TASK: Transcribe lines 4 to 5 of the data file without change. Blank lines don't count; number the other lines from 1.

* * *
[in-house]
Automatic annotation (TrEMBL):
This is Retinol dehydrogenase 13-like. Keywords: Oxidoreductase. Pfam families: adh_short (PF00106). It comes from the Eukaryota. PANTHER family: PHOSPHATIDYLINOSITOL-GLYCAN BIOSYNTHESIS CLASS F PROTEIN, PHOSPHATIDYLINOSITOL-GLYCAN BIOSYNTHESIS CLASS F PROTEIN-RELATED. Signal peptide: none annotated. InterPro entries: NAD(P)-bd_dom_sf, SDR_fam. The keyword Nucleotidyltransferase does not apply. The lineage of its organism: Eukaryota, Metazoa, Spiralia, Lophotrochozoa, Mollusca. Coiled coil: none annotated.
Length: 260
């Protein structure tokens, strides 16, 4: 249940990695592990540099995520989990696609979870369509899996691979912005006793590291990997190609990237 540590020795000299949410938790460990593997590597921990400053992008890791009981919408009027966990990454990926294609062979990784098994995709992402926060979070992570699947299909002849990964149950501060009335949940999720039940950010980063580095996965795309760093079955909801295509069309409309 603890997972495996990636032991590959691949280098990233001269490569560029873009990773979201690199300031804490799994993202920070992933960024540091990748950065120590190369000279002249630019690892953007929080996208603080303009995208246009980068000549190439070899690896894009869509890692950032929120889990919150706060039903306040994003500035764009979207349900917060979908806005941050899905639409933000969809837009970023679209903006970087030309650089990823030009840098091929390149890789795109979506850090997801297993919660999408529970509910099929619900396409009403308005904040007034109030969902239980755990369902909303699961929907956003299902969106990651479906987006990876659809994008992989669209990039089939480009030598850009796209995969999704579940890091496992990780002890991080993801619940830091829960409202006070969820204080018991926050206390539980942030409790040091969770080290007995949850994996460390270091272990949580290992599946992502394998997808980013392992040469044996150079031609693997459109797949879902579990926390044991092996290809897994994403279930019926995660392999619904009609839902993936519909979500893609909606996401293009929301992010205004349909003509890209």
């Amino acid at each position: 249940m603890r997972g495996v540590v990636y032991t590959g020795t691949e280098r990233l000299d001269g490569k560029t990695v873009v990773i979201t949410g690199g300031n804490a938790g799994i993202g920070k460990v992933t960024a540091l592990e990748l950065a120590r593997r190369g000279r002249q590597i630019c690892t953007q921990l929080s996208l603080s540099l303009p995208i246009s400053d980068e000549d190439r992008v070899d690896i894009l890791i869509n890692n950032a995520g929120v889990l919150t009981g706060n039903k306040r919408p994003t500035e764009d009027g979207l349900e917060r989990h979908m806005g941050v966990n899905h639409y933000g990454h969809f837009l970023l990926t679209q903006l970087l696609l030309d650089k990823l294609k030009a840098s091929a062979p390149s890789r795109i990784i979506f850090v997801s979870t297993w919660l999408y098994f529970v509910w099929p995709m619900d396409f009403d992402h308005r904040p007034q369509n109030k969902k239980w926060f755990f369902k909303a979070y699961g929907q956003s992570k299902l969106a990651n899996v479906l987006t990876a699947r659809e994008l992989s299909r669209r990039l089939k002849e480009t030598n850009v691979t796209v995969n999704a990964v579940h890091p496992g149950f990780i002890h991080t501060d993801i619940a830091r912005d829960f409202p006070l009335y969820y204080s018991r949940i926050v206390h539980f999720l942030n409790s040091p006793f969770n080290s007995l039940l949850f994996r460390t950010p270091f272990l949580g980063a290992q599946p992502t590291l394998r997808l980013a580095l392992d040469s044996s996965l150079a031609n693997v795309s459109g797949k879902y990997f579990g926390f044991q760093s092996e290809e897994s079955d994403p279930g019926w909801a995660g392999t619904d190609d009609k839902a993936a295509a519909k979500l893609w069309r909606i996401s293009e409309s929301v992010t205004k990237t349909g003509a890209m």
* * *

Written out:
Length: 260
């Protein structure tokens, strides 16, 4: 249940990695592990540099995520989990696609979870369509899996691979912005006793590291990997190609990237 540590020795000299949410938790460990593997590597921990400053992008890791009981919408009027966990990454990926294609062979990784098994995709992402926060979070992570699947299909002849990964149950501060009335949940999720039940950010980063580095996965795309760093079955909801295509069309409309 603890997972495996990636032991590959691949280098990233001269490569560029873009990773979201690199300031804490799994993202920070992933960024540091990748950065120590190369000279002249630019690892953007929080996208603080303009995208246009980068000549190439070899690896894009869509890692950032929120889990919150706060039903306040994003500035764009979207349900917060979908806005941050899905639409933000969809837009970023679209903006970087030309650089990823030009840098091929390149890789795109979506850090997801297993919660999408529970509910099929619900396409009403308005904040007034109030969902239980755990369902909303699961929907956003299902969106990651479906987006990876659809994008992989669209990039089939480009030598850009796209995969999704579940890091496992990780002890991080993801619940830091829960409202006070969820204080018991926050206390539980942030409790040091969770080290007995949850994996460390270091272990949580290992599946992502394998997808980013392992040469044996150079031609693997459109797949879902579990926390044991092996290809897994994403279930019926995660392999619904009609839902993936519909979500893609909606996401293009929301992010205004349909003509890209």